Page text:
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4-3 Using Derivatives to Analyze Graphs of Functions

Learning Targets

You will be able to

Concepts / Definitions

The First Derivative Test

Suppose that $c$ is a critical number of a continuous function $f$.

  1. If $f’$ changes from positive to negative at $c$, then $f$ has a local maximum at $c$.
  2. If $f’$ changes from negative to positive at $c$, then $f$ has a local minimum at $c$.
  3. If $f’$ does not change sign at $c$, then $f$ has no local maximum or minimum at $c$.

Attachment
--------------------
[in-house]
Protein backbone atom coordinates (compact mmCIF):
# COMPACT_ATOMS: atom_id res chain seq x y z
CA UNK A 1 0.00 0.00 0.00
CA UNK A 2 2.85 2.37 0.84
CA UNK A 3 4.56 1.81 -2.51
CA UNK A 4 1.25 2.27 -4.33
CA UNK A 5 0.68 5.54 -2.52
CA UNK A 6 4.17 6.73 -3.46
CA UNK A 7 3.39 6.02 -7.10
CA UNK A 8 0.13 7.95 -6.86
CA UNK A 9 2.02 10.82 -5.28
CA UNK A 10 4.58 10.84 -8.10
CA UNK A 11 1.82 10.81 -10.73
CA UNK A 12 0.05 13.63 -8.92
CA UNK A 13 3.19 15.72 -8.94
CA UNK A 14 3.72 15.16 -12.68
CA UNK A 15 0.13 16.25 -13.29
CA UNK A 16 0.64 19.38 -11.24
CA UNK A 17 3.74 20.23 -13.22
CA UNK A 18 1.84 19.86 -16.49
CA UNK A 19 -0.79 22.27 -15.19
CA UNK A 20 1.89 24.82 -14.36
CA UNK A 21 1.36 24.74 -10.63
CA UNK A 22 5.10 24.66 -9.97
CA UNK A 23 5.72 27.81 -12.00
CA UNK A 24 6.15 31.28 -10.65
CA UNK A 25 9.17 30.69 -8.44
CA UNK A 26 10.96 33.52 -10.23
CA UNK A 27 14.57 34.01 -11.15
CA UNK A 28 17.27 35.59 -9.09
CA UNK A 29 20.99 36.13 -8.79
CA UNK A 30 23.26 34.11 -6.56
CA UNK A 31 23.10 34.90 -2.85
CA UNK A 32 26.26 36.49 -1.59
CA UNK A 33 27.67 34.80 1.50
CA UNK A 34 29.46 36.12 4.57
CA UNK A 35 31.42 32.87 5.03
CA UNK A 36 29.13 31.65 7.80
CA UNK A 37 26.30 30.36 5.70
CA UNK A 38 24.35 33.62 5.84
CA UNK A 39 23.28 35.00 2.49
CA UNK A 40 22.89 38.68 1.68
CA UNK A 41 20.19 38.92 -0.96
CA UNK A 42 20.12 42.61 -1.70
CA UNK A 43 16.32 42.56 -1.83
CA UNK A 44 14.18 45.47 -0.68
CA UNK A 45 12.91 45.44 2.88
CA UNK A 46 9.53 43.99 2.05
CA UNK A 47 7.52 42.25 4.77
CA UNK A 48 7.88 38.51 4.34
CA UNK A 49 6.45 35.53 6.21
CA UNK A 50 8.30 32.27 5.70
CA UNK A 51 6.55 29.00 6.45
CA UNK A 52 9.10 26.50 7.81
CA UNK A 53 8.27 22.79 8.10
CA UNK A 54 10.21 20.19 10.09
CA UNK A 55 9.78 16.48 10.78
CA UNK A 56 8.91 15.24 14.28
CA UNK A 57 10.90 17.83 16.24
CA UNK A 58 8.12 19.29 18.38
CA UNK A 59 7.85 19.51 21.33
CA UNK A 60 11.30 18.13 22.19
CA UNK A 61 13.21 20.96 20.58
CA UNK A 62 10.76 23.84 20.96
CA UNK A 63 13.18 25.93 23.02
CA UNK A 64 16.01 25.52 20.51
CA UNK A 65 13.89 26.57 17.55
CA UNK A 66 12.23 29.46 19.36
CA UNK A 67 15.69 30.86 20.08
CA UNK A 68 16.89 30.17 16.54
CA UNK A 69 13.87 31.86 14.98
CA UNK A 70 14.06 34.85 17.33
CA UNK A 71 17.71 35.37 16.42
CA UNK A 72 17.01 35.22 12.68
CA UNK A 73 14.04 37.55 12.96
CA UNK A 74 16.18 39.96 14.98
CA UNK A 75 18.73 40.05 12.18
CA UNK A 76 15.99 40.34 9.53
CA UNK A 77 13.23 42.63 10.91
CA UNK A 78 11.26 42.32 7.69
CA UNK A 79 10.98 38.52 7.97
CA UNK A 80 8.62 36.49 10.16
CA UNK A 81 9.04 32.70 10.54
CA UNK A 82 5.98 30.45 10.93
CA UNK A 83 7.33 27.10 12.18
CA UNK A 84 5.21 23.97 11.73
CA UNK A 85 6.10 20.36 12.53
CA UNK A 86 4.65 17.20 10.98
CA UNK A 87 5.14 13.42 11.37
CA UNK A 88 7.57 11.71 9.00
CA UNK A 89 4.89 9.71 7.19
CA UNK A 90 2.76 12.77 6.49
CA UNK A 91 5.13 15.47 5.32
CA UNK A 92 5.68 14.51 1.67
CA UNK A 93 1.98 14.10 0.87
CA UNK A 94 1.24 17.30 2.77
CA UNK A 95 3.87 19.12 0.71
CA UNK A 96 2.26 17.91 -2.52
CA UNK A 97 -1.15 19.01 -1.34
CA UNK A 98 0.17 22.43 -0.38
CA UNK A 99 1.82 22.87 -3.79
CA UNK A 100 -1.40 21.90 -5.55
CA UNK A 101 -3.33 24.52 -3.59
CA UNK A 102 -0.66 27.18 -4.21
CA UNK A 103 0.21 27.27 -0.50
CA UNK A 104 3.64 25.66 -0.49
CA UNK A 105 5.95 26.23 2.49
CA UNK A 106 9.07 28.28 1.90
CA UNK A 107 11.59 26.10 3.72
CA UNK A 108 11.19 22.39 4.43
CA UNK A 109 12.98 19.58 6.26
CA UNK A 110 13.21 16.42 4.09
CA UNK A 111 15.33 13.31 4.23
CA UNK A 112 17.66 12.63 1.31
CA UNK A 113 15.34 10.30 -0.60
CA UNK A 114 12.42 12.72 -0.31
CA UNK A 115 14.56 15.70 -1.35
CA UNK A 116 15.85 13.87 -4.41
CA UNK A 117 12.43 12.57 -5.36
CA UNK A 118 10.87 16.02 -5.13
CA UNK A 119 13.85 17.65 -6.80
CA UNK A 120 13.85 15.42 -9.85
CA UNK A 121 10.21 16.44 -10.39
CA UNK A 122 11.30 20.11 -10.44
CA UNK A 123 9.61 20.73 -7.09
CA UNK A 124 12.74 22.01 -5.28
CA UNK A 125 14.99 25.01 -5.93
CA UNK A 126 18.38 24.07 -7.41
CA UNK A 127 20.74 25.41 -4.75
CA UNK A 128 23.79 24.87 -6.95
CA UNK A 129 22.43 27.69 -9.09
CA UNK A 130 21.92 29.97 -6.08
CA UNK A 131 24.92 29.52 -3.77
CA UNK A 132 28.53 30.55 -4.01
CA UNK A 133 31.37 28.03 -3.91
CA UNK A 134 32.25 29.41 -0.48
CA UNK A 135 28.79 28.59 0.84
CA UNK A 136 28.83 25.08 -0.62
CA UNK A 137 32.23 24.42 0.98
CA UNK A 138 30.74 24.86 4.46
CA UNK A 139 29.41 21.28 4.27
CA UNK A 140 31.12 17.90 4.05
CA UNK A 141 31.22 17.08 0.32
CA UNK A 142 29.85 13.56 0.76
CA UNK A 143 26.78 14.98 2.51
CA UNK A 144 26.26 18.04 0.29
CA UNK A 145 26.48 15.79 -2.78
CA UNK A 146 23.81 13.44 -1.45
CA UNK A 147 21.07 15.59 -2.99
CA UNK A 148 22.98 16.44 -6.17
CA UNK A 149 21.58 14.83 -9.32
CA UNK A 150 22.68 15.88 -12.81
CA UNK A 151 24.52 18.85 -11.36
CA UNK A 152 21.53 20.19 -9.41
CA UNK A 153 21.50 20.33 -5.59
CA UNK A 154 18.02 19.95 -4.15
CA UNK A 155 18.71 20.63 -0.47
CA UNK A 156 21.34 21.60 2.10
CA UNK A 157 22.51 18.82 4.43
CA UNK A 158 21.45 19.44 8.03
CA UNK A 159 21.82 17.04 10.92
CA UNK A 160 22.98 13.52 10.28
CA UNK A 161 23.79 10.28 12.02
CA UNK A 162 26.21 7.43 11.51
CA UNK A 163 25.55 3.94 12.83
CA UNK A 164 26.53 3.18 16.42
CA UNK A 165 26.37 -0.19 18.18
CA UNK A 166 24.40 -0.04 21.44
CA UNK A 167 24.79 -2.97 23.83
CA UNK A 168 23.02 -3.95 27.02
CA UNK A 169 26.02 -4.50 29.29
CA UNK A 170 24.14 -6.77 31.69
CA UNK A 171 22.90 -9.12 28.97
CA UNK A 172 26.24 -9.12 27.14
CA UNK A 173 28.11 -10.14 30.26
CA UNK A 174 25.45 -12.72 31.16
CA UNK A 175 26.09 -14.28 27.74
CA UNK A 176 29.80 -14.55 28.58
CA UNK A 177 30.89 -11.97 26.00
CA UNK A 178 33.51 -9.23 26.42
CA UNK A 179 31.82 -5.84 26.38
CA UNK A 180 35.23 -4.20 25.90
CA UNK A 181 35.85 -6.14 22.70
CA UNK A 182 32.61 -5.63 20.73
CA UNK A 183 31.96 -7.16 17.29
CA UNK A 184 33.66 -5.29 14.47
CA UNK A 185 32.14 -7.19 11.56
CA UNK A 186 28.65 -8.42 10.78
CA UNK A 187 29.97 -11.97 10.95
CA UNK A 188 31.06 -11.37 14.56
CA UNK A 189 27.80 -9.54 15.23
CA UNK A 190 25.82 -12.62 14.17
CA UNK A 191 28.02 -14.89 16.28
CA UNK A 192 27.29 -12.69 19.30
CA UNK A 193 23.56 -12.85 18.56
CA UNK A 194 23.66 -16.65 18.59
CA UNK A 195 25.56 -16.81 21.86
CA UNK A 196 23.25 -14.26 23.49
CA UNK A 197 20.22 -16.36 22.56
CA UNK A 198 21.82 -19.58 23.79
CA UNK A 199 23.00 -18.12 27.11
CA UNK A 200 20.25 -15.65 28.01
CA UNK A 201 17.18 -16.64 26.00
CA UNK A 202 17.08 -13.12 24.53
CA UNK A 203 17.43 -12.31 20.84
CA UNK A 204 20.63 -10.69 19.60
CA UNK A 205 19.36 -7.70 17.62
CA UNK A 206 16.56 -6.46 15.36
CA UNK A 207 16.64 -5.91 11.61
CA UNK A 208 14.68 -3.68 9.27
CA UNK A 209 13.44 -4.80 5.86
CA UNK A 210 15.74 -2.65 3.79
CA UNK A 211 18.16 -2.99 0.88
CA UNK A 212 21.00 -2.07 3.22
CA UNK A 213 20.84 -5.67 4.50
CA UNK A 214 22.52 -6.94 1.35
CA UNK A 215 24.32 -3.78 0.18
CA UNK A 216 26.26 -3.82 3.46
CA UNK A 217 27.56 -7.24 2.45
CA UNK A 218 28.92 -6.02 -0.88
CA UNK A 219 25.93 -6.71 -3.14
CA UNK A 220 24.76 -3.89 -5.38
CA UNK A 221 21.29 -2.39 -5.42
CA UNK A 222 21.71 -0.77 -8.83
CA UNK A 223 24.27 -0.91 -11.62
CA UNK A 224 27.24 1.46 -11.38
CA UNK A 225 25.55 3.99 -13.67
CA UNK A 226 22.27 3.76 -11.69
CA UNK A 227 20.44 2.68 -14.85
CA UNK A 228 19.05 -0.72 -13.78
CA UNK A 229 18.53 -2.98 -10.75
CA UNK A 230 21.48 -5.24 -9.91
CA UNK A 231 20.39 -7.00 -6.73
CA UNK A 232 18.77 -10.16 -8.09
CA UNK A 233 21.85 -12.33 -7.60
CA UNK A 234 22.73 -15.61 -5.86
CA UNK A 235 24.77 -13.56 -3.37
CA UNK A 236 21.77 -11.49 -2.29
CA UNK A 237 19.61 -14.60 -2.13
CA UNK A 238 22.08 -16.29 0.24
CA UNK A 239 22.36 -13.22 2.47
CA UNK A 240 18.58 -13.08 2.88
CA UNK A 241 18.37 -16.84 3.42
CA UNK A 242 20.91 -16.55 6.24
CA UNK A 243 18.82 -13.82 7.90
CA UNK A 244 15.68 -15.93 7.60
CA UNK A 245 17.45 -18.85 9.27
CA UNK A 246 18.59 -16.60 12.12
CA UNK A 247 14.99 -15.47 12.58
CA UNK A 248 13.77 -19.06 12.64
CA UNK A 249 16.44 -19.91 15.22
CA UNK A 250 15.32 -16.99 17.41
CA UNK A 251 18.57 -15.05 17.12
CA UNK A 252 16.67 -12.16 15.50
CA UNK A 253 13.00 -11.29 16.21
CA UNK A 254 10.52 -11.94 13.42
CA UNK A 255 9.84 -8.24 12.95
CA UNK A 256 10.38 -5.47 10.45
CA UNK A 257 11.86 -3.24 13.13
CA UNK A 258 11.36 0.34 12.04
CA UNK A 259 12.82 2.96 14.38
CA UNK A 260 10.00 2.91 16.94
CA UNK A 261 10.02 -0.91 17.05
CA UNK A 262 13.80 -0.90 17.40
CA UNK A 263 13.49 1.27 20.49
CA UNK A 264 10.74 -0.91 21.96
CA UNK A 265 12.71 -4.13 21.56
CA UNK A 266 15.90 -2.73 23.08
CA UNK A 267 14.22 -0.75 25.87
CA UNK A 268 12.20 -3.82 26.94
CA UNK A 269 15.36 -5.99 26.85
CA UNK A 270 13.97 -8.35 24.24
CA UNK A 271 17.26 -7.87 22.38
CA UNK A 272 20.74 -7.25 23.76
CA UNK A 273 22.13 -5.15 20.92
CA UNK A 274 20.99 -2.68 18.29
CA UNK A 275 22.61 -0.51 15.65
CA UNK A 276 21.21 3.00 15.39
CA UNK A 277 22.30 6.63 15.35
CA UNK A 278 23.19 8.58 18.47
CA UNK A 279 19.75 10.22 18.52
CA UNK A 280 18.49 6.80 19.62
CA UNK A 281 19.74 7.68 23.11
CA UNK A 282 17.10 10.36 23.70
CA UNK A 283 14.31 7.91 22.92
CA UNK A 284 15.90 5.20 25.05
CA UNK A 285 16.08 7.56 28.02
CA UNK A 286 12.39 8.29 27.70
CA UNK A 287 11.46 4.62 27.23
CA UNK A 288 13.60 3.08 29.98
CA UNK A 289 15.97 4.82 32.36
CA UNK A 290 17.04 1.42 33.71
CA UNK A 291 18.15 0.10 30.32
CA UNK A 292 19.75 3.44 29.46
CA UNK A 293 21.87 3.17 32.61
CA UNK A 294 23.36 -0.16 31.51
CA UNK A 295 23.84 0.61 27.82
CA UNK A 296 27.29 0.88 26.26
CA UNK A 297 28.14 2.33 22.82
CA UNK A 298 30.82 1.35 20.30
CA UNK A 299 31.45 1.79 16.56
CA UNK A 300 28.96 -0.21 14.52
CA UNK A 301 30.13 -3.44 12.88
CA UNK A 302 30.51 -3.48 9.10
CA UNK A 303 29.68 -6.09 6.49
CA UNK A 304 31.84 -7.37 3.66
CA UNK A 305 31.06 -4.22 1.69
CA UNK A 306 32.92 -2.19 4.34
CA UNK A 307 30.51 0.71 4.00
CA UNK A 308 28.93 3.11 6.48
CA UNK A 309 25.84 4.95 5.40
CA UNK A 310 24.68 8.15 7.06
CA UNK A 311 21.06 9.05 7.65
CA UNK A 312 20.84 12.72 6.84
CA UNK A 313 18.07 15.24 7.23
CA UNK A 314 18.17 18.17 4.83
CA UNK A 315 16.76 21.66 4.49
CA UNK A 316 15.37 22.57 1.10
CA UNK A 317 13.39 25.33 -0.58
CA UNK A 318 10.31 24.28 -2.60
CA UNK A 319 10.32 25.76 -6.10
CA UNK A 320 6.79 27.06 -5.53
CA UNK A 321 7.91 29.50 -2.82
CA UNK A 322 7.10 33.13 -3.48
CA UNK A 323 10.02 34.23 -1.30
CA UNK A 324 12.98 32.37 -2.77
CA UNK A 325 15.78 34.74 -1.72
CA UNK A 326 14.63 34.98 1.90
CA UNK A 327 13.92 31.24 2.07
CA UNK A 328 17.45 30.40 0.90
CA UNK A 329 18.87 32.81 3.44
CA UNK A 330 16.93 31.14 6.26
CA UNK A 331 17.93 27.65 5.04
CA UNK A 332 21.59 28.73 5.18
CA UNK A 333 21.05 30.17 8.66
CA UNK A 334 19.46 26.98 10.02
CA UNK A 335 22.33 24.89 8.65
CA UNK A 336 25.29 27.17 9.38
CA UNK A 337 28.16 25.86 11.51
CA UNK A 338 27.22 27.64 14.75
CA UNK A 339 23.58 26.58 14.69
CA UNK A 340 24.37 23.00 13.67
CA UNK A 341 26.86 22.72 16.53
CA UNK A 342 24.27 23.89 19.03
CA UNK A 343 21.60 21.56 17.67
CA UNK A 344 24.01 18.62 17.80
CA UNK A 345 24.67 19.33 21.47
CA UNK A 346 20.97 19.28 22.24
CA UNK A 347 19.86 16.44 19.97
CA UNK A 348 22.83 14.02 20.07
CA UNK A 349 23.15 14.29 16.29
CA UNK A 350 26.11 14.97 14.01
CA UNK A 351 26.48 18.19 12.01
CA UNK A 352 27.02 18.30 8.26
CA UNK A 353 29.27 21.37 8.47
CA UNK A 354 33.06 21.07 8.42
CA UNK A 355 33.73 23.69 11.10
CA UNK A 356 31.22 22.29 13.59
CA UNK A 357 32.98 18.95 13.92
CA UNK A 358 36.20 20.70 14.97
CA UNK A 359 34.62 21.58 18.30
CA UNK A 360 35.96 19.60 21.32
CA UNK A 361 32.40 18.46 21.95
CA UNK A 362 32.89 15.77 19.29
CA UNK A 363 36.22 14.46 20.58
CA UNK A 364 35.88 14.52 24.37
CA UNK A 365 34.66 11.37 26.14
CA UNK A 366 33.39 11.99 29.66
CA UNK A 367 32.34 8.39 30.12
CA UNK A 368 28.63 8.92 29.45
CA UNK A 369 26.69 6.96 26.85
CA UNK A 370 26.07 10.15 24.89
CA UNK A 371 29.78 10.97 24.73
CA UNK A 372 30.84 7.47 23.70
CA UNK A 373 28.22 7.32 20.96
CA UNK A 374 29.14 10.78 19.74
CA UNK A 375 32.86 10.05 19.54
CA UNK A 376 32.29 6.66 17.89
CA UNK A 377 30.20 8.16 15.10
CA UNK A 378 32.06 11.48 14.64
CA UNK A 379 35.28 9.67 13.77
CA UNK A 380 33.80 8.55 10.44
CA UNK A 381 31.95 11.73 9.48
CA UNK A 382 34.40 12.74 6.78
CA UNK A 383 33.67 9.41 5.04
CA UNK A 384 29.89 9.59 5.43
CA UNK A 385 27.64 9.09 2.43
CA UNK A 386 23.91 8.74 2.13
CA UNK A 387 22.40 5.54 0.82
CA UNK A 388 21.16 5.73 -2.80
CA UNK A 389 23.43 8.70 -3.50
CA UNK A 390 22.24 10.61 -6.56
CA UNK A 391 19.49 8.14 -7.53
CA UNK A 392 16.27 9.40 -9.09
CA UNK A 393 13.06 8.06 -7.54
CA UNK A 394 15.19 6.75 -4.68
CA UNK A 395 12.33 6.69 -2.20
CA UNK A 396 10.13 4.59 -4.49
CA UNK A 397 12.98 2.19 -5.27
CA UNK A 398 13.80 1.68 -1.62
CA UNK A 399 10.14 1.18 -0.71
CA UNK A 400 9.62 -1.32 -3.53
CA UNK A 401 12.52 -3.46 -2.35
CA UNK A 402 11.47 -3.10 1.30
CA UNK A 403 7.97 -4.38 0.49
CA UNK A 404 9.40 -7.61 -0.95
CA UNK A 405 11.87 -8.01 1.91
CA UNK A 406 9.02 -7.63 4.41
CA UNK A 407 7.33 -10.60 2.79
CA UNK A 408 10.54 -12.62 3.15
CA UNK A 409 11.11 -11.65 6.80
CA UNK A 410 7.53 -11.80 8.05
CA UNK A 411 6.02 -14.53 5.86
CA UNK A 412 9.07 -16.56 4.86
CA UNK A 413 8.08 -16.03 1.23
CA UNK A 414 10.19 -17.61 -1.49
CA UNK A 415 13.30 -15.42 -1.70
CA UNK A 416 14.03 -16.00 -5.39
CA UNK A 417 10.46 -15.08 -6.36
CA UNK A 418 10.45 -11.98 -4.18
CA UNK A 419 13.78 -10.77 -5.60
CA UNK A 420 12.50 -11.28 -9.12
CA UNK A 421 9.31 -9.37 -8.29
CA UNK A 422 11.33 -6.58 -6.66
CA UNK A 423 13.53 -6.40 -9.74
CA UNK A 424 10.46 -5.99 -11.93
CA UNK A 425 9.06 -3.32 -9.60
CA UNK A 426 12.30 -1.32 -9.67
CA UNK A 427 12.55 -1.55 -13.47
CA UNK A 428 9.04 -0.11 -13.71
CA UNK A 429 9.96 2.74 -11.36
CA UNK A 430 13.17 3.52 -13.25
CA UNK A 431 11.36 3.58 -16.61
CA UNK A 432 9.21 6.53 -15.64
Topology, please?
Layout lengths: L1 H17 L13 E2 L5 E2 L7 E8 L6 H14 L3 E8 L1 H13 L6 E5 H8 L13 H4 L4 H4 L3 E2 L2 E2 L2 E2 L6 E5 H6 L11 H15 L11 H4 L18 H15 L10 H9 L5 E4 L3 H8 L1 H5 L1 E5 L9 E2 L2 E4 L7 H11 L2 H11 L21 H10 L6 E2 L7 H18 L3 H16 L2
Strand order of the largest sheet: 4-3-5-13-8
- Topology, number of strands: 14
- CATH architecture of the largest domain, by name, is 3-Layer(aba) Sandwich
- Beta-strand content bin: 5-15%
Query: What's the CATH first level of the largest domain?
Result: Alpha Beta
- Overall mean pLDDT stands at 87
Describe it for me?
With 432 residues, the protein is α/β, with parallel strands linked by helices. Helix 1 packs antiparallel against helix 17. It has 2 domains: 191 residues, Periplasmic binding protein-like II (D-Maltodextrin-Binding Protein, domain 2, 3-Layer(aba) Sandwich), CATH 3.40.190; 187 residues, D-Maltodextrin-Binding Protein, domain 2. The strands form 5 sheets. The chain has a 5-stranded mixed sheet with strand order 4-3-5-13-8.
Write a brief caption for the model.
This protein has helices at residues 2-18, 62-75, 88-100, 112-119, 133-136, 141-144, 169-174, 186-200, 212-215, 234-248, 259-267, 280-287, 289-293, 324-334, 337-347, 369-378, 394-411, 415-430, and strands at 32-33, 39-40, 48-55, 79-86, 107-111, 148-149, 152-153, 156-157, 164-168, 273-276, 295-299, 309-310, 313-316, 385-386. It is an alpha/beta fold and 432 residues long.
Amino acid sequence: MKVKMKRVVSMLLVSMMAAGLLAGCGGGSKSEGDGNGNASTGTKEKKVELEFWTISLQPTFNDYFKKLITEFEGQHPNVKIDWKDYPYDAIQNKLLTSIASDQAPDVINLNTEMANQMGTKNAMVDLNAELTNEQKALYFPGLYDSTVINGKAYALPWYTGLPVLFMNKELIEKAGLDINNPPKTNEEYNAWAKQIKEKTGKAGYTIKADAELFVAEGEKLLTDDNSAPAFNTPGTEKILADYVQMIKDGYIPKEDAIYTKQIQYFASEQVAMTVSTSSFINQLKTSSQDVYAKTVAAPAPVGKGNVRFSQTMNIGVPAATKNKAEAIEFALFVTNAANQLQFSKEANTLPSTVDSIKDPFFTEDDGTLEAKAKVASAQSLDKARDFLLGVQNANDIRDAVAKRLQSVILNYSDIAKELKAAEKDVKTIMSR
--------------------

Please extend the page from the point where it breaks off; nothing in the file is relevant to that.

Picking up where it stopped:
Concavity

The graph of a differentiable function $y = f(x)$ is

  1. Concave up on an open interval $I$ if $y’$ is increasing on $I$
  2. Concave down on an open interval $I$ if $y’$ is decreasing on $I$

Concavity Test

[Suppose the graph $y = f(x)$ is twice differentiable]

  1. If $f’‘(x) > 0$ for all $x$ in some open interval $I$, then the graph of $f$ is concave upward on $I$
  2. If $f’‘(x) < 0$ for all $x$ in some open interval $I$, then the graph of $f$ is concave downward on $I$

Point of Inflection

A point where the graph of a function has a tangent line (is differentiable) and where the concavity changes is a point of inflection.

Concavity and Inflection

Second Derivative Test for Local Extrema

  1. If $f’(c) = 0$ and $f’‘(c) < 0$$, then $f$ has a local maximum at $x = c$.
  2. If $f’(c) = 0$ and $f’‘(c) > 0$$, then $f$ has a local minimum at $x = c$.

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